Capacity Building Program for Indigenous Peoples and Civil Society

About a quarter of all forest carbon is stored in trees and in the ground on communal lands, and research shows that where there are indigenous peoples present, forests tend to be better protected. Catalyzed by REDD+ efforts, the expansion and protection of tribal land rights can be one of the most cost-effective ways to protect forests and sequester carbon. Indigenous peoples and local communities have the closest connection with forests, and with the right knowledge and tools, they are best placed to manage them sustainably.

$9.9 million

Total funding for the FCPF Capacity Building Program



The FCPF Capacity Building Program for Forest-Dependent Indigenous Peoples and Southern Civil Society Organizations(CBP) works with indigenous peoples(IPs), other forest-dependent communities and southern civil society organizations(CSOs) increase their understanding of REDD+, and their engagement in REDD+ readiness and implementation. Launched in 2008, funding over three phases  totals $9.9 million.




Phase 1 (2009-June 2016)

During Phase 1 of the CBP, just under $2 million in funding supported 27 projects across Africa, Asia-Pacific and Latin American and the Caribbean. These innovative projects were implemented by forest-dependent IPs and southern CSOs working with the FCPF Readiness Fund, and engaged in REDD+ readiness processes.

Phase 1 projects helped to improve IP and CSO participation in the preparation of REDD+ strategies, and in the implementation of REDD+ programs. CBP projects in Phase 1 also helped to enhance the participation of IPs and local communities in international discussions on the role of REDD+ in climate change mitigation.

REPORT: FCPF CBP results from Phase 1(English | 3.42 MB | 3.42 MB)



Phase 2 (July 2016-June 2018)

With approximately $3 million in funding, Phase 2 supports national-level capacity building and awareness raising, and regional-level exchange and sharing of lessons learned. In this phase, funding goes directly to regional organizations that coordinate several capacity-building projects in their respective regions.

Phase 2 is supporting six regional organizations, one for indigenous peoples and one for civil society organizations in Africa, Asia and Latin America. All six CBP Phase 2 programs have been operative since September 2017.



Phase 3

In March 2017, FCPF’s Participant’s Committee allocated an additional $5 million to the CBP. This amount was subsequently divided among the six existing regional organizations engaged with the CBP. For Phase 3, FCPF Carbon Fund countries will be prioritized in both the scale up of existing support and the initiation of new activities.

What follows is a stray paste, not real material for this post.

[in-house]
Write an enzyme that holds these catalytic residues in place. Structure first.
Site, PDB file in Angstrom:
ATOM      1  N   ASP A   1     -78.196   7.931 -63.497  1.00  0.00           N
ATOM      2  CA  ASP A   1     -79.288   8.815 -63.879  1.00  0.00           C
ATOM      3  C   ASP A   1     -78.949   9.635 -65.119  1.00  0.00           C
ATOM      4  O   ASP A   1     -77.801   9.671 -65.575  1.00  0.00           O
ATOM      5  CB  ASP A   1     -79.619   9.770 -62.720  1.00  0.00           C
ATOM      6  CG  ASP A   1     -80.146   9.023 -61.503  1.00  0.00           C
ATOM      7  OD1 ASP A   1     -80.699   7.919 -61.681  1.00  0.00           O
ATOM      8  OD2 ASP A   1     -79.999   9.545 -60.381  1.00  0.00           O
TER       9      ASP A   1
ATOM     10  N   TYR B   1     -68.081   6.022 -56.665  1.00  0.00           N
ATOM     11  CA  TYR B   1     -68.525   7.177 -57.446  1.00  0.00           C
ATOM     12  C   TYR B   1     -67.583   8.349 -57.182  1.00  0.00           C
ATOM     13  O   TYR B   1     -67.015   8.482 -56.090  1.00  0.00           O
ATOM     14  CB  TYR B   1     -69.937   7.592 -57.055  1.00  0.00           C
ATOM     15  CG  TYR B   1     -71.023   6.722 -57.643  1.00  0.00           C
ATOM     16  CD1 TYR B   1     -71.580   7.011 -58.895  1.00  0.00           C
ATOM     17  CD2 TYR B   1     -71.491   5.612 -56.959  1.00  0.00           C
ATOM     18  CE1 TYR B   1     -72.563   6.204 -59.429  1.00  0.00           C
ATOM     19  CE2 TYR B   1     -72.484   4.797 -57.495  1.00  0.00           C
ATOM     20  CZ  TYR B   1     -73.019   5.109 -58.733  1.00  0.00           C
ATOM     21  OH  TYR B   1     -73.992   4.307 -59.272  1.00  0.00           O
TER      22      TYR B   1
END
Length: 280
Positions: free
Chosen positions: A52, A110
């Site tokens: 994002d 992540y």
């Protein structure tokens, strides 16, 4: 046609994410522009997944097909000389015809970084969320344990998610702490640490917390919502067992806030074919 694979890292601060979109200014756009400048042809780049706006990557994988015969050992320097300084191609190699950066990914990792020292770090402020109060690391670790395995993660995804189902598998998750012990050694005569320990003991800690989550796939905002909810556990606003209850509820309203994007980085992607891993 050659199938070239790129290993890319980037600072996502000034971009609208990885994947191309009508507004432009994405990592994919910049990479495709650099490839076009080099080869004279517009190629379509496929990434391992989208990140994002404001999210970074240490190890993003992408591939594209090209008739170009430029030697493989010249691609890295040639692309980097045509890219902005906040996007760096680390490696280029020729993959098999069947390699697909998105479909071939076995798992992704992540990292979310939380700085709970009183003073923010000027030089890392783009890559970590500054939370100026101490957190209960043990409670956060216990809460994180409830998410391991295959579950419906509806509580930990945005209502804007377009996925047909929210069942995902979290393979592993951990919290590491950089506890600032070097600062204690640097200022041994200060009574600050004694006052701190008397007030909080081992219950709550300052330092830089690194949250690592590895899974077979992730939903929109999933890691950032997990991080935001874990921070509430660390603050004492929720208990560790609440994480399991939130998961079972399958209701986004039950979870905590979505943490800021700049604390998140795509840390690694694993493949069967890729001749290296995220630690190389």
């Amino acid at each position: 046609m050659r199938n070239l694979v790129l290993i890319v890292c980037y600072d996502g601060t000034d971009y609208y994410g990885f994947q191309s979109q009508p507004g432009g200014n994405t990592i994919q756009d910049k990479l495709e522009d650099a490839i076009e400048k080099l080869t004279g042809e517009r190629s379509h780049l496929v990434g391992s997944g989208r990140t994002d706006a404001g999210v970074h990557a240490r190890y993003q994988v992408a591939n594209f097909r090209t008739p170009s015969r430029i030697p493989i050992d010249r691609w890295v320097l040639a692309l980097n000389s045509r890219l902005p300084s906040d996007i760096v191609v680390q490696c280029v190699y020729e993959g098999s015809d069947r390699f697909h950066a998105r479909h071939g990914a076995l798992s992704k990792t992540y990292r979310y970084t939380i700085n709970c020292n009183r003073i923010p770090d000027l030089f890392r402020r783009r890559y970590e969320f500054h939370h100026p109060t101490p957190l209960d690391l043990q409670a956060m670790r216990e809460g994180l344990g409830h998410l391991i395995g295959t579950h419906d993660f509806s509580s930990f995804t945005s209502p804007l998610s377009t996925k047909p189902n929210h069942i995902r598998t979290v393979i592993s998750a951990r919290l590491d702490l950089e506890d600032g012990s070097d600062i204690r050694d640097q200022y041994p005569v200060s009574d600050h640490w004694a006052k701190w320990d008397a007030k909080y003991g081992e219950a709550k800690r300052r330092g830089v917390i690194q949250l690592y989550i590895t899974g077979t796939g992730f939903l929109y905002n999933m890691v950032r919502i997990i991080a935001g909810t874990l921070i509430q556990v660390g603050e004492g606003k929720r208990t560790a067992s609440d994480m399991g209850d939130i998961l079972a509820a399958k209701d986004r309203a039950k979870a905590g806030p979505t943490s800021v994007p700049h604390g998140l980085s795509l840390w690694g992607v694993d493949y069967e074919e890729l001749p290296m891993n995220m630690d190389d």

Phase 2/3 Regional Funding Recipients

Region IP organization CSO organization


Based in Kenya, Mainyoito Pastoralist Integrated Development Organization (MPIDO) is working on REDD+ capacity-building projects in Cameroon, Ethiopia, Liberia, Nigeria, Republic of Congo, Sudan and Uganda.


Based in Kenya, Pan African Climate Justice Alliance (PACJA) is working on REDD+ capacity-building projects in Côte d’Ivoire, Ethiopia, Madagascar, Mozambique and Togo.



Based in the Philippines, Indigenous Peoples' International Centre for Policy Research and Education (Tebtebba) is working on REDD+ capacity-building projects in Bhutan, Fiji, Vanuatu and Vietnam.


Based in Nepal, Asia Network for Sustainable Agriculture and Bioresources (ANSAB) is gearing up projects in the Asia-Pacific region.


Latin American and the Caribbean

Based in Guatemala, Association Sotz’il (Sotz’il) is working on REDD+ capacity-building projects in Colombia, Costa Rica, Guatemala, Honduras and Suriname.


Based in Costa Rica, Asociación Coordinadora Indígena y Campesina de Agroforestería Comunitaria de Centroamérica (ACICAFOC) is working on REDD+ capacity-building projects in Colombia, Dominican Republic, El Salvador, Guatemala, and Honduras.



How it works

The FCPF CBP was conceived to be a demand-driven program, in which forest-dependent IPs and southern CSOs present proposals to the FCPF’s Facility Management Team outlining their capacity-building needs. If proposals meet the FCPF’s eligibility requirements and are approved, organizations are contracted to implement projects according to a work plan of activities.

Grants for each of the six regional organizations are typically in the range of $400,000-$750,000. Sub-grants or contracts for specific regional or country-level activities are expected to be in the range of $25,000-$75,000.

To apply for funding from FCPF’s CBP, initiatives are encouraged to contact directly the appropriate regional organization engaged in FCPF’s CBP (see chart above).

More reports from FCPF’s CBP